Here are four artificial temples and one natural cave temple of the 5th century, which inspired all subsequent Hindu empire temple buildings, in the south. Of these, two are dedicated to the Hindu god Vishnu, one to Shiva, one is a Jain temple and the natural cave is a Buddhist temple.
Belur was the capital of the Hoysala Empire before it was shifted to Halebid. The Chennakeshava (a form of Krishna) temple here is built on a star shaped plan and stands in a walled courtyard surrounded by smaller shrines and columned hallways. The quantity of sculptural decoration is staggering and it took 103 years to complete this temple, which deserves all admiration.
This pleasant garden town was once the capital of the Adil Shahi dynasty and has some remains of the Deccan’s Muslim architecture from the period 15th to the 17th century. The serene grace of the monuments in this city is in contrast to the sculptural extravaganza of the Chalukyan and Hoysala temples.
Coorg and Chickmagalur
Cradled in the seductive charms of the Western Ghats, these are some of the loveliest districts of Karnataka. It is a thick wooded region with coffee and tea plantations, orange groves and rice fields.
The ancient capital of the Hoysala dynasty has beautiful temples amidst picturesque hilly land. The Hoysaleshwara temple is full of intricately carved sculptures and has two shrines one dedicated to Shiva and the other to Santaleshwara. The sculptures, which have a fluid quality, include Brahma on Hansa (goose), Krishna holding up the hill Govardhana and Vishnu striding the world in three steps.
Vijaynagar at Hampi was once the capital of one of the largest Hindu empires in India. The ruins of the imperial city of Vijaynagar are spread over a vast area of about 26km². A walk through the former fortified urban or royal area is an unforgettable experience as is a visit to the Virupaksha temple with its 52m high gopurams.
Karwar a quite port town lies south of Goa. The Kalinadi River estuary has some of the finest stands of mangrove and you will find some of the most beautiful beaches of western India.
Mangalore has lots of beautiful beaches and great scenic spots nearby. The places that can be visited in Mangalore are St. Aloysius Chapel, Mangala Devi Temple and Ullal beach. Around Mangalore, there are many interesting places, which are worth a visit like Katil, Moodabidri, Karkala, Udupi and Malpe Beach.
Former capital of the princely state, Mysore is Karnataka’s second largest city. It is the city of royal Palaces, sandalwood and silk. Places of visit are the “City Palace”, the Chamundi Hills and the bustling colourful bazaars. The Brindavan Gardens, the Ranganthittu Bird Sanctuary, the famous temple at Somnathpur as well as the Bandipur, Mudumalai Wild Life Parks and the Cauvery Fishing Camp are places around Mysore worth visiting.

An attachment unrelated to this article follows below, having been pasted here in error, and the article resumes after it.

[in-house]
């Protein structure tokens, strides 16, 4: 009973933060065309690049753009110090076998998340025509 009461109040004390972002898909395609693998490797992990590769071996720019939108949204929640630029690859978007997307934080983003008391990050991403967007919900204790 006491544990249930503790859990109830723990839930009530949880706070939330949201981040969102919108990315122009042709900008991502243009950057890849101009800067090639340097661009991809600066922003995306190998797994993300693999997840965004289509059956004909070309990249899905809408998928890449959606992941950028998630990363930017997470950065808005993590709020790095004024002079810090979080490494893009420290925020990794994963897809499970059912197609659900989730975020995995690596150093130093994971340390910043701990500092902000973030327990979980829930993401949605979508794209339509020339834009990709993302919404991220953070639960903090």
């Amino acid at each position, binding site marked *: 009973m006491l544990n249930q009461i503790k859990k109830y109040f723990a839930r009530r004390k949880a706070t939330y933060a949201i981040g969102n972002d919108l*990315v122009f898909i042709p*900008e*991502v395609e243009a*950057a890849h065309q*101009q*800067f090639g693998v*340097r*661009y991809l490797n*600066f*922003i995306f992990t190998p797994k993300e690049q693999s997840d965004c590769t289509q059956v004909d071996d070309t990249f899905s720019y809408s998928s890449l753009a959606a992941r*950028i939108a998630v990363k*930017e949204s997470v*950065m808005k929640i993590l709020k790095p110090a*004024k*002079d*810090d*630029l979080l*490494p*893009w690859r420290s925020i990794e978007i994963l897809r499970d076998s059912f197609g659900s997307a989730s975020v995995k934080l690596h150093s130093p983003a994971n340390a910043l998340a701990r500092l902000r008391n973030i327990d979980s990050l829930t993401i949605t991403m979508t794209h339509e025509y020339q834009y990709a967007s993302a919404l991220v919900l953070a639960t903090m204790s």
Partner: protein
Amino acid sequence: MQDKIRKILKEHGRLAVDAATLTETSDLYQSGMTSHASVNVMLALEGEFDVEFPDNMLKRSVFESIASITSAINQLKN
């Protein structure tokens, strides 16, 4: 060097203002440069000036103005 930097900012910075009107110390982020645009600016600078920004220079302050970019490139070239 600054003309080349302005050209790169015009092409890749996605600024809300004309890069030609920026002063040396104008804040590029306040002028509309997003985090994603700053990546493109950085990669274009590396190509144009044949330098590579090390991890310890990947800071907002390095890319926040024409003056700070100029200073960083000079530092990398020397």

This village, on the banks of the Malaprabha River, was for three centuries the royal commemorative site for the Chalukya dynasty. The main groups of monuments stand together in a well – maintained compound, close to the village. The most important temple, Virupaksha, is decorated with sculptures that narrate the episodes from the Hindu epics of the Ramayana and Mahabharatha.
One of the oldest and most important Jain pilgrimage centers. Shravanabelagola is known for the large 17m high monolithic statue of Lord Gomateshwara situated on the summit of the Indragiri hill. This statue represents complete oblivion to the external. The creepers entwining the limbs and an expression of peaceful repose symbolize this. Once in every 12 years a ceremony is held where the statue is anointed with milk, curd, ghee, saffron and gold coins (the next celebration will be held in 2018).
Located 35km from Mysore, with the famed Keshava Temple, is a splendid example of Hoysala architecture. Somnatha – a general in the army of the Hoysala ruler, Narasimha III, constructed it in 1268. The shrines are laid in a star formation set in a rectangular courtyard. Though all the carvings are exquisite, the outstanding ones are that of Lakshmi-Vishnu on Garuda, Indra-Sachi on an elephant and a dancing Ganesha.
The Vidyashankara temple at Sringeri combines the architectural features of Hoysala and Dravidian dynasties. There are 12 zodiac pillars in the shrine, which are so arranged that the rays of the sun fall on the corresponding pillars. In front of the temple are stone lions, with stone spheres inside their mouths that can be rotated. An interesting feature is the carps on the banks of river that passes the temple complex, which one can feed by hand.